A measure of pending construction activity in the United States has increased, but uncertainty continues to hamper recovery in the industry.
The Associated Builders and Contractors reported that its Construction Backlog Indicator (CBI) grew to eight months for the third quarter, a 3.5 percent increase. The CBI measures the amount of nonresidential construction work under contract to be completed in the near future.
The latest gain signals construction spending likely will accelerate by the middle of 2013, said Anirban Basu, chief economist of the ABC, a national trade association.
That projection assumes, however, the country doesn’t go over a so-called “fiscal cliff” of tax increases and government spending cuts scheduled to take effect at the beginning of the year — or the economy returns to recession as a result.
“Another recession would undermine the momentum of an already struggling construction industry,” Basu said. “The recovery in construction backlog, and in overall construction spending, would likely be more rapid today if not for the elevated level of uncertainty facing economic decision makers.”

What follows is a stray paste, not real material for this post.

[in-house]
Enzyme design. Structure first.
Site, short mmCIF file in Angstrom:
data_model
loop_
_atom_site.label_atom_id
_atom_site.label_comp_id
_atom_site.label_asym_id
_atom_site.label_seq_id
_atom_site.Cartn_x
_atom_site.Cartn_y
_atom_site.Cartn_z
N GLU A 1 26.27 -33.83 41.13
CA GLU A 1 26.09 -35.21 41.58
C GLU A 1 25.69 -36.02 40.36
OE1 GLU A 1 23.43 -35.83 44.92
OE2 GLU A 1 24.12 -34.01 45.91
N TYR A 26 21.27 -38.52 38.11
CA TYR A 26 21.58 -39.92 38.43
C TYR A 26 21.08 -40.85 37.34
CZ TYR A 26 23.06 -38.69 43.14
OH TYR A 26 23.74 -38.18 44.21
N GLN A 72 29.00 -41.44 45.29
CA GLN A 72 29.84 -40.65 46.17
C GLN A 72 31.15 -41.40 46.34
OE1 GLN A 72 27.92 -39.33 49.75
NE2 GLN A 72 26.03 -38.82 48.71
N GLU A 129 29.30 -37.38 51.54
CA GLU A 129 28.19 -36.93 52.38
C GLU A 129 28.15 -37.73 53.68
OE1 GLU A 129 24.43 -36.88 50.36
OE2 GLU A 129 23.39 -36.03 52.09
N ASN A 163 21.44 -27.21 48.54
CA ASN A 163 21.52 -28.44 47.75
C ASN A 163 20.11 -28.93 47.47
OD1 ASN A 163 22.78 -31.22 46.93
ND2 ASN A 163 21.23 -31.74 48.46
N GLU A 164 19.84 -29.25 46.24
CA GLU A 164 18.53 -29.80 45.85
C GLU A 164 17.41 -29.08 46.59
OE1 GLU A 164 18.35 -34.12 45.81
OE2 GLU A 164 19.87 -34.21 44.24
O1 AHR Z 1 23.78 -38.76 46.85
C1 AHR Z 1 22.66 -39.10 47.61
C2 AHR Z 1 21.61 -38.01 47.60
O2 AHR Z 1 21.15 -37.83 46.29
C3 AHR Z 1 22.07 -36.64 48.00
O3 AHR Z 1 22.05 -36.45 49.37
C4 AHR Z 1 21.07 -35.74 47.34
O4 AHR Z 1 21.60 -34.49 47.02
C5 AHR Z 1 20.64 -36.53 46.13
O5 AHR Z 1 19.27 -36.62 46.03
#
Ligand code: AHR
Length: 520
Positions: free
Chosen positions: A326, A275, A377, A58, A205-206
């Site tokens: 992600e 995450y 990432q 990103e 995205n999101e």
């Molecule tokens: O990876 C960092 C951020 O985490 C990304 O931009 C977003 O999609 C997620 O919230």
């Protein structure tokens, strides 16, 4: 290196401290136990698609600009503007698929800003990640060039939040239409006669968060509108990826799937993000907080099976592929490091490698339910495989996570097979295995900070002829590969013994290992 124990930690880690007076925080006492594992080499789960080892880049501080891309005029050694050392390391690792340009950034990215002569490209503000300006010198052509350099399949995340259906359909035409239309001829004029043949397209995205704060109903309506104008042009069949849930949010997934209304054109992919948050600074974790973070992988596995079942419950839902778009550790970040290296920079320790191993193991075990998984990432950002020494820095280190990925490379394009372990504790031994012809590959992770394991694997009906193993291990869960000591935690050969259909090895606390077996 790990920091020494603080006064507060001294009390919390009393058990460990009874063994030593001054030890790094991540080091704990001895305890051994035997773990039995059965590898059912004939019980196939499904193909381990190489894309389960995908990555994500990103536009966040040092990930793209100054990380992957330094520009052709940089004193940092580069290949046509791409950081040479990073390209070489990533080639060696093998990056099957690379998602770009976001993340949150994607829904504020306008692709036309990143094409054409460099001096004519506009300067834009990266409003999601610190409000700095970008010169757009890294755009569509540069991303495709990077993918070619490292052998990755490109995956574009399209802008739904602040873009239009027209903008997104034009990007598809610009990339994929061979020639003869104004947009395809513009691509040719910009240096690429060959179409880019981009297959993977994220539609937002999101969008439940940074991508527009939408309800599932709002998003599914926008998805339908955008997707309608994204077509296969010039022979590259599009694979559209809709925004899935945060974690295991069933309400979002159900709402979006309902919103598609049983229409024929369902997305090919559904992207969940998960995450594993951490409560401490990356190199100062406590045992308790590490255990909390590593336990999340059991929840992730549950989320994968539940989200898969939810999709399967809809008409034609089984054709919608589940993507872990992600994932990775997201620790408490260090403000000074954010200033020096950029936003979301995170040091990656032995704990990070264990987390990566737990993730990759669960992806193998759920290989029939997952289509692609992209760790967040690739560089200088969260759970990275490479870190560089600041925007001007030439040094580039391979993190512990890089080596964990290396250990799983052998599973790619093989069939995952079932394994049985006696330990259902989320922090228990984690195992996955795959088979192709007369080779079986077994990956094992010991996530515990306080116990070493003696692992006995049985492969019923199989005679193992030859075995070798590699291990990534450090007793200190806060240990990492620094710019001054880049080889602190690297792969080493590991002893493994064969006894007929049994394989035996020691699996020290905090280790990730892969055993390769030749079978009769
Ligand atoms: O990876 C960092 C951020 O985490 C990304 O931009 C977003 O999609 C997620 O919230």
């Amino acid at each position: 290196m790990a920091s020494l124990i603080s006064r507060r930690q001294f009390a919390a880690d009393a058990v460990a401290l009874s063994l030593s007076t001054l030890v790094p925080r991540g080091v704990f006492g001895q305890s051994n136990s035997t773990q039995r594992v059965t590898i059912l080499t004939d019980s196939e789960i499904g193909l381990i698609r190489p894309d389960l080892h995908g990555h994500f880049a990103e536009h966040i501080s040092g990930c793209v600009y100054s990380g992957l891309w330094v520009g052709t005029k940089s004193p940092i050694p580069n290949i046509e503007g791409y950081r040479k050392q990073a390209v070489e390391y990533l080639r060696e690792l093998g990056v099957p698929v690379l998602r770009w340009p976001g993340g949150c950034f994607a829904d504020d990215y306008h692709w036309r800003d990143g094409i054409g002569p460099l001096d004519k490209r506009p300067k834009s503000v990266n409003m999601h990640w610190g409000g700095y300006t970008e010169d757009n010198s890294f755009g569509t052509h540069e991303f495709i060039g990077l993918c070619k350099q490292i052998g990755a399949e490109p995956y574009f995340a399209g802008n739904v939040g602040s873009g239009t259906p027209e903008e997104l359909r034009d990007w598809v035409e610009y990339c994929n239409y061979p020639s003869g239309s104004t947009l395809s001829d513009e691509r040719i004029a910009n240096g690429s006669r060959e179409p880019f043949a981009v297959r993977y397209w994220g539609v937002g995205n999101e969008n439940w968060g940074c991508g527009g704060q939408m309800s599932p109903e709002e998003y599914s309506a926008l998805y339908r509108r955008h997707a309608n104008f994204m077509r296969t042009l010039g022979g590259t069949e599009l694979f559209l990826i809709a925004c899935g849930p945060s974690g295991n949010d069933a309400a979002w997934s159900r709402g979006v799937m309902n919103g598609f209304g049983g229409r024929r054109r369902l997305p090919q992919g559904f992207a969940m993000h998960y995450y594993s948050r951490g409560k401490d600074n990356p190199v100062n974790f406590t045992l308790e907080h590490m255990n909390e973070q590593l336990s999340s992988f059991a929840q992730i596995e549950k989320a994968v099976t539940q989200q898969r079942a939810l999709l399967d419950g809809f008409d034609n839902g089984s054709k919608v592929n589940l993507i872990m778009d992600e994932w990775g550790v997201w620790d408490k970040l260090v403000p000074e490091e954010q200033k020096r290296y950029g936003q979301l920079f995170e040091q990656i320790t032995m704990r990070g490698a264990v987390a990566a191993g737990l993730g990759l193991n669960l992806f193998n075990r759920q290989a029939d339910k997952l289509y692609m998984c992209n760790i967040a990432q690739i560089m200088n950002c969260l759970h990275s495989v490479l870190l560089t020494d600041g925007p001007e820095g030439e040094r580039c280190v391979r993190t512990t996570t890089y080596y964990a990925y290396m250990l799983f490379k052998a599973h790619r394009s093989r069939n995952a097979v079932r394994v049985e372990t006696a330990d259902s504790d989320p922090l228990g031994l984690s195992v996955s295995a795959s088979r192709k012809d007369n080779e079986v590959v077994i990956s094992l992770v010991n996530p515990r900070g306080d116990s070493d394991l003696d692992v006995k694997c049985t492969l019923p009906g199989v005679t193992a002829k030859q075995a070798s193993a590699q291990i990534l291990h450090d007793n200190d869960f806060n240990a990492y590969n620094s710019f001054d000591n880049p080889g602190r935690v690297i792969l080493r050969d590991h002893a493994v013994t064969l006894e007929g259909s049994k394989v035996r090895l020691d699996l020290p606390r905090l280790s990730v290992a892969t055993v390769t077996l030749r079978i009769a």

There’s also a possibility construction projects postponed in 2012 because of uncertainty will resume in 2013, Basu added.
For the third quarter, the CBI rose in commercial, industrial and institutional categories. The CBI fell in the infrastructure category, however.
Geographically, a west region that includes Colorado reported the longest construction backlog at nearly nine months, an increase of more than 1.5 months from the third quarter of 2011. Backlogs also increased in the middle states and northeast regions during the third quarter of 2012 while decreasing in the south region.
The construction backlog increased across all company size categories, although smaller firms with less than $30 million in annual revenues continue to struggle, Basu said.
“What the CBI data tells us is certain industries and geographies will be associated with more robust construction spending recovery, including segments related to energy generation, health care and infrastructure,” Basu said. “CBI dynamics also seem to suggest the latter half of 2013 may be associated with more rapid growth in construction spending than the first half of the year.”